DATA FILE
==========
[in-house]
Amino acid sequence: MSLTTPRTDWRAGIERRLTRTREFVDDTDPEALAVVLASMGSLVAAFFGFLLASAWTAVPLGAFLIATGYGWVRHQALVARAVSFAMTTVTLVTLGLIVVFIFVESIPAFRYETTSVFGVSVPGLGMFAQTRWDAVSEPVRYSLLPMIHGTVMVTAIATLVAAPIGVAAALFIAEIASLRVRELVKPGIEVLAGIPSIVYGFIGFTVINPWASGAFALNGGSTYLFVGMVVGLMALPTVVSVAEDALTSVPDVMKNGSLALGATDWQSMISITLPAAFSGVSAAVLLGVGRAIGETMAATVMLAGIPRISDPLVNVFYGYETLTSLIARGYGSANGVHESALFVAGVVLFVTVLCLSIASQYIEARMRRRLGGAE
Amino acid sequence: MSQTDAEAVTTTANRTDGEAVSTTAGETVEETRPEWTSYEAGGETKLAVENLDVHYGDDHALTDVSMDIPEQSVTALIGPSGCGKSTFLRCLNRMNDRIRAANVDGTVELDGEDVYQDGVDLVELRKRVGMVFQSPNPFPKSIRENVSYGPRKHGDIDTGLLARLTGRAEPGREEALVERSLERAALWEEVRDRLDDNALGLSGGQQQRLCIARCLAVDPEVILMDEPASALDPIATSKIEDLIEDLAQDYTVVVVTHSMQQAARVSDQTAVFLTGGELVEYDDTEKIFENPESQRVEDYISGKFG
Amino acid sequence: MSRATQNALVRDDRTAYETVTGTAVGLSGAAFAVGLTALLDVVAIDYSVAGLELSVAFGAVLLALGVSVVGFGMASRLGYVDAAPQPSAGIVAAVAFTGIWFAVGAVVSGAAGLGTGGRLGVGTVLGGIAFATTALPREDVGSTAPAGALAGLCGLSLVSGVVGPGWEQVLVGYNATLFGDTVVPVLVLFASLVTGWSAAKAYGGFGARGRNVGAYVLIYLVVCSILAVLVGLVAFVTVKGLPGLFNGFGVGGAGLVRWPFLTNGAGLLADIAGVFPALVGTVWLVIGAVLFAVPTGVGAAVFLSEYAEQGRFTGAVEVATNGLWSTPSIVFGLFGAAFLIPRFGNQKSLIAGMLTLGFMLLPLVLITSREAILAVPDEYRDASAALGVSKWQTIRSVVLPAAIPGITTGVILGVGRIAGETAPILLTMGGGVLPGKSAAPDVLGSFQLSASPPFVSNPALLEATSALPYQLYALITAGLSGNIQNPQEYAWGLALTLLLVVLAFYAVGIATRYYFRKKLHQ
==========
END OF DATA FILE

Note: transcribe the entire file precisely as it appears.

[in-house]
Amino acid sequence: MSLTTPRTDWRAGIERRLTRTREFVDDTDPEALAVVLASMGSLVAAFFGFLLASAWTAVPLGAFLIATGYGWVRHQALVARAVSFAMTTVTLVTLGLIVVFIFVESIPAFRYETTSVFGVSVPGLGMFAQTRWDAVSEPVRYSLLPMIHGTVMVTAIATLVAAPIGVAAALFIAEIASLRVRELVKPGIEVLAGIPSIVYGFIGFTVINPWASGAFALNGGSTYLFVGMVVGLMALPTVVSVAEDALTSVPDVMKNGSLALGATDWQSMISITLPAAFSGVSAAVLLGVGRAIGETMAATVMLAGIPRISDPLVNVFYGYETLTSLIARGYGSANGVHESALFVAGVVLFVTVLCLSIASQYIEARMRRRLGGAE
Amino acid sequence: MSQTDAEAVTTTANRTDGEAVSTTAGETVEETRPEWTSYEAGGETKLAVENLDVHYGDDHALTDVSMDIPEQSVTALIGPSGCGKSTFLRCLNRMNDRIRAANVDGTVELDGEDVYQDGVDLVELRKRVGMVFQSPNPFPKSIRENVSYGPRKHGDIDTGLLARLTGRAEPGREEALVERSLERAALWEEVRDRLDDNALGLSGGQQQRLCIARCLAVDPEVILMDEPASALDPIATSKIEDLIEDLAQDYTVVVVTHSMQQAARVSDQTAVFLTGGELVEYDDTEKIFENPESQRVEDYISGKFG
Amino acid sequence: MSRATQNALVRDDRTAYETVTGTAVGLSGAAFAVGLTALLDVVAIDYSVAGLELSVAFGAVLLALGVSVVGFGMASRLGYVDAAPQPSAGIVAAVAFTGIWFAVGAVVSGAAGLGTGGRLGVGTVLGGIAFATTALPREDVGSTAPAGALAGLCGLSLVSGVVGPGWEQVLVGYNATLFGDTVVPVLVLFASLVTGWSAAKAYGGFGARGRNVGAYVLIYLVVCSILAVLVGLVAFVTVKGLPGLFNGFGVGGAGLVRWPFLTNGAGLLADIAGVFPALVGTVWLVIGAVLFAVPTGVGAAVFLSEYAEQGRFTGAVEVATNGLWSTPSIVFGLFGAAFLIPRFGNQKSLIAGMLTLGFMLLPLVLITSREAILAVPDEYRDASAALGVSKWQTIRSVVLPAAIPGITTGVILGVGRIAGETAPILLTMGGGVLPGKSAAPDVLGSFQLSASPPFVSNPALLEATSALPYQLYALITAGLSGNIQNPQEYAWGLALTLLLVVLAFYAVGIATRYYFRKKLHQ